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Home » Multiple Riders, No Helmet and Faster ATVs Contribute to Child Injuries

Multiple Riders, No Helmet and Faster ATVs Contribute to Child Injuries

Multiple Riders, No Helmet and Faster ATVs Contribute to Child Injuries

Rollovers are the most common cause of ATV-related injuries and head injuries are the leading cause of death for ATV riders as less than 20 percent wear helmets, according to new research.

Children make up about a third of the 130,000 to 150,000 all-terrain vehicle or ATV-related emergency department visits each year and a fourth of the more than 800 deaths. More children are actually injured from ATV crashes than from bicycles each year.

In a new study, researchers reviewed ATV injury data at the University of Iowa from 2002 to 2009. Of the 345 injury cases reviewed, 80 percent involved males, and 30 percent were 16-years-old or younger. Less than 20 percent of the riders wore helmets, with drivers more likely than their passengers to wear helmets, and children more likely than adults.

Rollovers were the most common cause of injury, accounting for 42 percent of injury-causing crashes. For patients over 15 who were tested, 35 percent were positive for alcohol and 25 percent for drugs. Head injuries are the leading cause of ATV-related death.

All children treated for ATV injuries had been driving adult sized-ATVs, said Dr. Charles A. Jennissen, lead author of the study.

“The epidemic of ATV-related injuries can be attributed, at least in part, to the vehicles’ increasing popularity,” said Dr. Jennissen, in a news release, noting the number of ATVs in the U.S. has tripled to 10.2 million, more than triple the number from the previous decade.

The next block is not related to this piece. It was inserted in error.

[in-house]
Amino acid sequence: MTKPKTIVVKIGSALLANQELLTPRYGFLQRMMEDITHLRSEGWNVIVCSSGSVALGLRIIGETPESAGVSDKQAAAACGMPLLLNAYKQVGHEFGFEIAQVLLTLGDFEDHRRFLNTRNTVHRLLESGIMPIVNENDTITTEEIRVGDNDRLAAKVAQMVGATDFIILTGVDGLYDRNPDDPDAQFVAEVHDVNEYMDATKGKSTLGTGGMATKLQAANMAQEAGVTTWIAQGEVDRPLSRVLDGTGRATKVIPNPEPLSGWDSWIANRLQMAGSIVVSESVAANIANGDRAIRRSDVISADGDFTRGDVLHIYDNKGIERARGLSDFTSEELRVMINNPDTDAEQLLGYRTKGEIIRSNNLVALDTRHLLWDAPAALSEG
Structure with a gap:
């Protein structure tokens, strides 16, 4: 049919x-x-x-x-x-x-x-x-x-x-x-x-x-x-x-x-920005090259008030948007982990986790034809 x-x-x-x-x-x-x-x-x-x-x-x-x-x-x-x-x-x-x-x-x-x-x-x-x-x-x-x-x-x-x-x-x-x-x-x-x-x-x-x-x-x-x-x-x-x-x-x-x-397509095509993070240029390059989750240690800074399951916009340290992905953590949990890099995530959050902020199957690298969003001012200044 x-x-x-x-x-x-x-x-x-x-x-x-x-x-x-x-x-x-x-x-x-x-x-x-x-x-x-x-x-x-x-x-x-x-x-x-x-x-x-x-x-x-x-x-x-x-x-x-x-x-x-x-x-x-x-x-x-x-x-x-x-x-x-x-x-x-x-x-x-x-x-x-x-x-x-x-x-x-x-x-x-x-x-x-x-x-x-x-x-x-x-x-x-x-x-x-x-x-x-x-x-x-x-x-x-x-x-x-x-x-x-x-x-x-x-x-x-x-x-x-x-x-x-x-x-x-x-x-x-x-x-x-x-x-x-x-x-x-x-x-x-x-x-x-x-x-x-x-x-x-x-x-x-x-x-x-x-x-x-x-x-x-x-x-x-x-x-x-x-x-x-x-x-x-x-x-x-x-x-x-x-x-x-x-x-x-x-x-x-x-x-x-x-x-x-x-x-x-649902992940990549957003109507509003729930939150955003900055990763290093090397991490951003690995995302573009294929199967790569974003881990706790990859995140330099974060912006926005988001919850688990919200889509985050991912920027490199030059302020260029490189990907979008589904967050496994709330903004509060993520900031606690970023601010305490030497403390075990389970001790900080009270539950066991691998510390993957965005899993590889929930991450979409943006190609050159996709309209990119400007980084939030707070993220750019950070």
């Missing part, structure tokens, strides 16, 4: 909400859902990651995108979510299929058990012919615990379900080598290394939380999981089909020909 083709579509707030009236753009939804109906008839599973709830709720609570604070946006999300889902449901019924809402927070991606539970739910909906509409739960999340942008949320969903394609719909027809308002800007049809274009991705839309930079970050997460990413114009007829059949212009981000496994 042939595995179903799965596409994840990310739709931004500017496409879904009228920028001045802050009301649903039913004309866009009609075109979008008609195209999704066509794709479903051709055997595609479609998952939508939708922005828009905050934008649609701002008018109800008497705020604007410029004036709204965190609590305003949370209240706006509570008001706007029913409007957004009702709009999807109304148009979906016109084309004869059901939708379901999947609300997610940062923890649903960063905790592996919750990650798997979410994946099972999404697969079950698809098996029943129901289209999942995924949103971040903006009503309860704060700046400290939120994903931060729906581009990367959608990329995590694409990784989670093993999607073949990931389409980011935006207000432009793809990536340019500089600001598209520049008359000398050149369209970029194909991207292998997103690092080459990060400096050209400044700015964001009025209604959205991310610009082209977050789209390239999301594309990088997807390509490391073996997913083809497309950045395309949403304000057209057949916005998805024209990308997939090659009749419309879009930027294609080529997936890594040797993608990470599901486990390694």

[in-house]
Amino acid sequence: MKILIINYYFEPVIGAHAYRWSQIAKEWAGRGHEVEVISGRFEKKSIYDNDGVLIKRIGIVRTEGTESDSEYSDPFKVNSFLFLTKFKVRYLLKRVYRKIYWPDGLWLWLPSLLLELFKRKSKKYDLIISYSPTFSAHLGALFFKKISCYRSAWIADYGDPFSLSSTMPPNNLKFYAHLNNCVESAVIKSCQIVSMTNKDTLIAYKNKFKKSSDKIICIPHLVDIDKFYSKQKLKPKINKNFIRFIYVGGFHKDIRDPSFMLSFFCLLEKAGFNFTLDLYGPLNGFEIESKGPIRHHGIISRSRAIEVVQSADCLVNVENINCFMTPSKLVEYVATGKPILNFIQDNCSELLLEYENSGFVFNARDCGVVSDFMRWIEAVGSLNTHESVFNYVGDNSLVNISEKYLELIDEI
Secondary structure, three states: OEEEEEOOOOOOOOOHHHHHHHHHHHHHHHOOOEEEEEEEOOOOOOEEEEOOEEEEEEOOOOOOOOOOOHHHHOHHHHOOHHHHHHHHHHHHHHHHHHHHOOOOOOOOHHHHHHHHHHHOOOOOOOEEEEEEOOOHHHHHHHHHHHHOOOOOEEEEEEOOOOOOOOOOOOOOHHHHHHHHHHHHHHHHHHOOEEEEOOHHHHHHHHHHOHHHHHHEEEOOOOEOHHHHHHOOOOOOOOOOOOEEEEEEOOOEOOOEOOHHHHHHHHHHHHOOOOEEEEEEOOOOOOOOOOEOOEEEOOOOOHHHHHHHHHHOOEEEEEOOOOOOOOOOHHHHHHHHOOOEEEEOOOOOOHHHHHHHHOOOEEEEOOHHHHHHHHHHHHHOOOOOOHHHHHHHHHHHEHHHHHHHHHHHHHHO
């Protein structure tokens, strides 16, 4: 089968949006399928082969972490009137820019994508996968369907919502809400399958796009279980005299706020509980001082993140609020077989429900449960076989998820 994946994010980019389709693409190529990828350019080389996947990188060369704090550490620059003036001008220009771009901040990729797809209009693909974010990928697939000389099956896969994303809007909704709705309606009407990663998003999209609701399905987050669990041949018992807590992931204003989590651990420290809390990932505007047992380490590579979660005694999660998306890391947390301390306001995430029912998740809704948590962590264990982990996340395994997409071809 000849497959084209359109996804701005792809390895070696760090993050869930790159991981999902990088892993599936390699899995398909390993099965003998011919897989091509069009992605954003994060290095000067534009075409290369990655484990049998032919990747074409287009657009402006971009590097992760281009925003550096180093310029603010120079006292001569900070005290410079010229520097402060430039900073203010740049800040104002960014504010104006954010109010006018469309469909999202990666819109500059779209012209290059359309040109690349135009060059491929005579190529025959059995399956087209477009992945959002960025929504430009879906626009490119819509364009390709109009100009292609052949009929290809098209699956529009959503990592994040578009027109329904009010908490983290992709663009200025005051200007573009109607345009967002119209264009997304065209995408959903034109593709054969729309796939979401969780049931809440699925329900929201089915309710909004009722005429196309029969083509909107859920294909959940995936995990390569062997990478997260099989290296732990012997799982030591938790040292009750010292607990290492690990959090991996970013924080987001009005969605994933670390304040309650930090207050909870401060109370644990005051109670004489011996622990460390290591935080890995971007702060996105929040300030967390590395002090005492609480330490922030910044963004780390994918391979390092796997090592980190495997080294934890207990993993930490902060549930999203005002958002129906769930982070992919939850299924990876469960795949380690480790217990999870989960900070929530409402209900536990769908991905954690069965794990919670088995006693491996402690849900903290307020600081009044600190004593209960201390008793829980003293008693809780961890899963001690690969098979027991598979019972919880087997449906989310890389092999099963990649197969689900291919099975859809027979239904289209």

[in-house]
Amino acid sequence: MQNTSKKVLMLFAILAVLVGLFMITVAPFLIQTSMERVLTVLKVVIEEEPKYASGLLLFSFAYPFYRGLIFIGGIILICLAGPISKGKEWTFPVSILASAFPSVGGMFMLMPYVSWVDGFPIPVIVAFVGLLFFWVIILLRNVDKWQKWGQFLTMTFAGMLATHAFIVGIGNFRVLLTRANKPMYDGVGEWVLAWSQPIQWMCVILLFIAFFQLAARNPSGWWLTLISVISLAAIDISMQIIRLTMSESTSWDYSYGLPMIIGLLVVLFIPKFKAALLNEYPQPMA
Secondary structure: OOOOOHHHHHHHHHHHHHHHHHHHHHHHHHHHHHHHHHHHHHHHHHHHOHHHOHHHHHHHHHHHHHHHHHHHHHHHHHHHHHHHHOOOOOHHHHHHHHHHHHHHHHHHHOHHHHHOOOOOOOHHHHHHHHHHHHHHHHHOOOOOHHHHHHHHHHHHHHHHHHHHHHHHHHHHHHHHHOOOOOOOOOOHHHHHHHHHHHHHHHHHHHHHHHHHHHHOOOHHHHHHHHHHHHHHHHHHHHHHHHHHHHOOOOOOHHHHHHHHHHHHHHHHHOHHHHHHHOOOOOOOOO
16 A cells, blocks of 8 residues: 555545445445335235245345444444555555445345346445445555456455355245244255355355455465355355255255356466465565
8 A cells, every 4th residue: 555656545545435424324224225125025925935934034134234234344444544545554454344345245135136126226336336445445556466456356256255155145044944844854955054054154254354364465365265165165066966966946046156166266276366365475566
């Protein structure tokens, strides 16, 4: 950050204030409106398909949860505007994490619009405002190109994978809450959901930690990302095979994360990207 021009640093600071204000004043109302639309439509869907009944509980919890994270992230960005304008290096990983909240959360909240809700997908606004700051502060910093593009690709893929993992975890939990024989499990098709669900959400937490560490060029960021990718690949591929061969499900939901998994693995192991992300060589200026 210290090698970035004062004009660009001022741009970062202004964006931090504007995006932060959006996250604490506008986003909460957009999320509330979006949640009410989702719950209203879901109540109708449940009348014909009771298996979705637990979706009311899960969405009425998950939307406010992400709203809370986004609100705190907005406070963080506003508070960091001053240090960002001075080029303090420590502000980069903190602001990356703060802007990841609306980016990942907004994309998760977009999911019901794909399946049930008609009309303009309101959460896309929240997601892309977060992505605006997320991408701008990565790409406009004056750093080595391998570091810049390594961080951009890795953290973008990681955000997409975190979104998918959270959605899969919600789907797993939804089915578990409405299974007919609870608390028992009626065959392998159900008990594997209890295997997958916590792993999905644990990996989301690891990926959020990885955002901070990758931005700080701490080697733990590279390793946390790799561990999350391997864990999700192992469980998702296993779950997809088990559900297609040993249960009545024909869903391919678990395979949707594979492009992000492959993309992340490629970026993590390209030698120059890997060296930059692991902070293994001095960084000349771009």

A major factor in the booming sales has been the production of larger and faster machines, Dr. Jennissen said, noting that some now go up to 80 miles per hour.

While most ATVs are designed for adults, children are often allowed to drive them and typically do so without wearing a helmet or riding with passengers.

In a separate study, Dr. Jennissen looked at the potential outcome of shortening ATV seats, which are typically long enough to seat an additional passenger, particularly a child.

“We suggest a shorter seat,” said Dr. Jennissen, “starting further from the handlebar attachment. That is the preferred ATV seat design.”

This type of design would discourage multiple passenger use on ATVs by reducing the space available for extra riders, which would help decrease the number of ATV injuries.

Safety Tips for ATV Riders:

  • Always wear a helmet
  • Only one person at a time
  • Ride the right size machine
  • Always wear your protective gear
  • Take a safety course
  • Never ride on the road
  • Tell someone where you are going
  • Respect private property
  • Never use alcohol or drugs
  • Always obey the rules

For more on child safety issues, see the library of articles by Daytona Beach child injury attorney.

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